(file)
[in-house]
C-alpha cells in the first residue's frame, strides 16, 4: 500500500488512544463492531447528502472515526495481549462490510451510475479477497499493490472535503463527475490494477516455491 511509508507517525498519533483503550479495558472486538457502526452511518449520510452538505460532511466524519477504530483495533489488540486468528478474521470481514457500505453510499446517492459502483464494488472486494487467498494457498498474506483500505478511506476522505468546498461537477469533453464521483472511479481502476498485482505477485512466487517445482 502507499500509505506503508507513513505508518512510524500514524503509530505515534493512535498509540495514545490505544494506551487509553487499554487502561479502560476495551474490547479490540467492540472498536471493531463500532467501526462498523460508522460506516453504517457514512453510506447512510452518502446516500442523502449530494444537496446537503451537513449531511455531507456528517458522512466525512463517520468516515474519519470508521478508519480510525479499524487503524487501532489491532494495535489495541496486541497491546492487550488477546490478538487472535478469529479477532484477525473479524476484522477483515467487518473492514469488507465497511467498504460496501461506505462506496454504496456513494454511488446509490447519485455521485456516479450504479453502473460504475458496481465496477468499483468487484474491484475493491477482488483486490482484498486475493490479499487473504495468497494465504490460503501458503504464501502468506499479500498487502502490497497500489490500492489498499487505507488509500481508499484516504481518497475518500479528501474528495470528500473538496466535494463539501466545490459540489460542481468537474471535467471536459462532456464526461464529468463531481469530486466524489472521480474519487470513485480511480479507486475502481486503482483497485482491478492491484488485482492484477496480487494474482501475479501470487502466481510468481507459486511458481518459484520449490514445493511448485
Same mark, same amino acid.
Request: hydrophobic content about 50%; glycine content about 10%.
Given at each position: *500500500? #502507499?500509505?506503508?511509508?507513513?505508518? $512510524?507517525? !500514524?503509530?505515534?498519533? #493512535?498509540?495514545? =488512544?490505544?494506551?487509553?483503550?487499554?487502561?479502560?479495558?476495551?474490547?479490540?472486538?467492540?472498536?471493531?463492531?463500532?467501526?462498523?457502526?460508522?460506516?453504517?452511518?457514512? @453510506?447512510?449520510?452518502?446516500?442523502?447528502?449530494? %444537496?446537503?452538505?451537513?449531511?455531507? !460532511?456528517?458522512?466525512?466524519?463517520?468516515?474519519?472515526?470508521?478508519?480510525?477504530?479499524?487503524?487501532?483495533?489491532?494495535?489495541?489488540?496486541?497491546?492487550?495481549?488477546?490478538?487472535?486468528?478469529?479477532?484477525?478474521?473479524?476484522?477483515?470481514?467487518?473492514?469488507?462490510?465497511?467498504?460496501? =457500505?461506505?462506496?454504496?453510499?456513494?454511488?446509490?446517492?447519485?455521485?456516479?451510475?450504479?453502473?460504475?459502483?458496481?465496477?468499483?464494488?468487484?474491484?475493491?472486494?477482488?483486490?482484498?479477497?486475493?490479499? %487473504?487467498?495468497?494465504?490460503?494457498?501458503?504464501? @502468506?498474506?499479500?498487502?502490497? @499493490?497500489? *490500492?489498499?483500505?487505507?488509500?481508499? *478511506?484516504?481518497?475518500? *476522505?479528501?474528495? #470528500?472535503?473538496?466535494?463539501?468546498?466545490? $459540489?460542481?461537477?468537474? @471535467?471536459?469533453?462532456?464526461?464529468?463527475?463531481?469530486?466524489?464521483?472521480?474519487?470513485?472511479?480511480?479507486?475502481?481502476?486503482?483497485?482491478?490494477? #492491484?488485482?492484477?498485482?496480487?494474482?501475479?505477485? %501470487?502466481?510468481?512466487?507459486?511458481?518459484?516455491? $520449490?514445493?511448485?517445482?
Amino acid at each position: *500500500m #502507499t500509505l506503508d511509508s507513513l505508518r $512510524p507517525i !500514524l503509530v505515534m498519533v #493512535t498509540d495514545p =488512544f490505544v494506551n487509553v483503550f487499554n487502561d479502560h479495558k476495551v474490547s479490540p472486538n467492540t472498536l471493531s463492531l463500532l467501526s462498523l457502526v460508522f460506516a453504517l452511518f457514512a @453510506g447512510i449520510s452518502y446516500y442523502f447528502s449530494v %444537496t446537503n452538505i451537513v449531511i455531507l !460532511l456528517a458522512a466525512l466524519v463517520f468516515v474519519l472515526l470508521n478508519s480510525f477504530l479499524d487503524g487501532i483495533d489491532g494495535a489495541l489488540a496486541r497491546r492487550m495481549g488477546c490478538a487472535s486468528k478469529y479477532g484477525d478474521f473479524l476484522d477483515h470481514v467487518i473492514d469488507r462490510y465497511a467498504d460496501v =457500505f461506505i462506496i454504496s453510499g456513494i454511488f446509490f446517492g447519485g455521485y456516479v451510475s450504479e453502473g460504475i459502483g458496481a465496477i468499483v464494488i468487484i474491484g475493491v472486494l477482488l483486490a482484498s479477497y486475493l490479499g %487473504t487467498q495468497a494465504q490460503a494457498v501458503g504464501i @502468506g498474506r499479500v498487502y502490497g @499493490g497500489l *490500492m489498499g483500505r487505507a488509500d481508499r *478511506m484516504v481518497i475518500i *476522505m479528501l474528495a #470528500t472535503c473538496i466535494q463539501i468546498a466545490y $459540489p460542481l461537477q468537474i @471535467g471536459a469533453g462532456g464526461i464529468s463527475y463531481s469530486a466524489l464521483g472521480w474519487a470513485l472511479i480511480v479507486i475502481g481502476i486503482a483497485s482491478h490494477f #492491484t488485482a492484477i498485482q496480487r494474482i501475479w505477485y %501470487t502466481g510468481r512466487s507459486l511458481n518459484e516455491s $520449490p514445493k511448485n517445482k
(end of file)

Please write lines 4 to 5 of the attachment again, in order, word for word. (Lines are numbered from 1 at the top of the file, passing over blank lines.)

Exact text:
Request: hydrophobic content about 50%; glycine content about 10%.
Given at each position: *500500500? #502507499?500509505?506503508?511509508?507513513?505508518? $512510524?507517525? !500514524?503509530?505515534?498519533? #493512535?498509540?495514545? =488512544?490505544?494506551?487509553?483503550?487499554?487502561?479502560?479495558?476495551?474490547?479490540?472486538?467492540?472498536?471493531?463492531?463500532?467501526?462498523?457502526?460508522?460506516?453504517?452511518?457514512? @453510506?447512510?449520510?452518502?446516500?442523502?447528502?449530494? %444537496?446537503?452538505?451537513?449531511?455531507? !460532511?456528517?458522512?466525512?466524519?463517520?468516515?474519519?472515526?470508521?478508519?480510525?477504530?479499524?487503524?487501532?483495533?489491532?494495535?489495541?489488540?496486541?497491546?492487550?495481549?488477546?490478538?487472535?486468528?478469529?479477532?484477525?478474521?473479524?476484522?477483515?470481514?467487518?473492514?469488507?462490510?465497511?467498504?460496501? =457500505?461506505?462506496?454504496?453510499?456513494?454511488?446509490?446517492?447519485?455521485?456516479?451510475?450504479?453502473?460504475?459502483?458496481?465496477?468499483?464494488?468487484?474491484?475493491?472486494?477482488?483486490?482484498?479477497?486475493?490479499? %487473504?487467498?495468497?494465504?490460503?494457498?501458503?504464501? @502468506?498474506?499479500?498487502?502490497? @499493490?497500489? *490500492?489498499?483500505?487505507?488509500?481508499? *478511506?484516504?481518497?475518500? *476522505?479528501?474528495? #470528500?472535503?473538496?466535494?463539501?468546498?466545490? $459540489?460542481?461537477?468537474? @471535467?471536459?469533453?462532456?464526461?464529468?463527475?463531481?469530486?466524489?464521483?472521480?474519487?470513485?472511479?480511480?479507486?475502481?481502476?486503482?483497485?482491478?490494477? #492491484?488485482?492484477?498485482?496480487?494474482?501475479?505477485? %501470487?502466481?510468481?512466487?507459486?511458481?518459484?516455491? $520449490?514445493?511448485?517445482?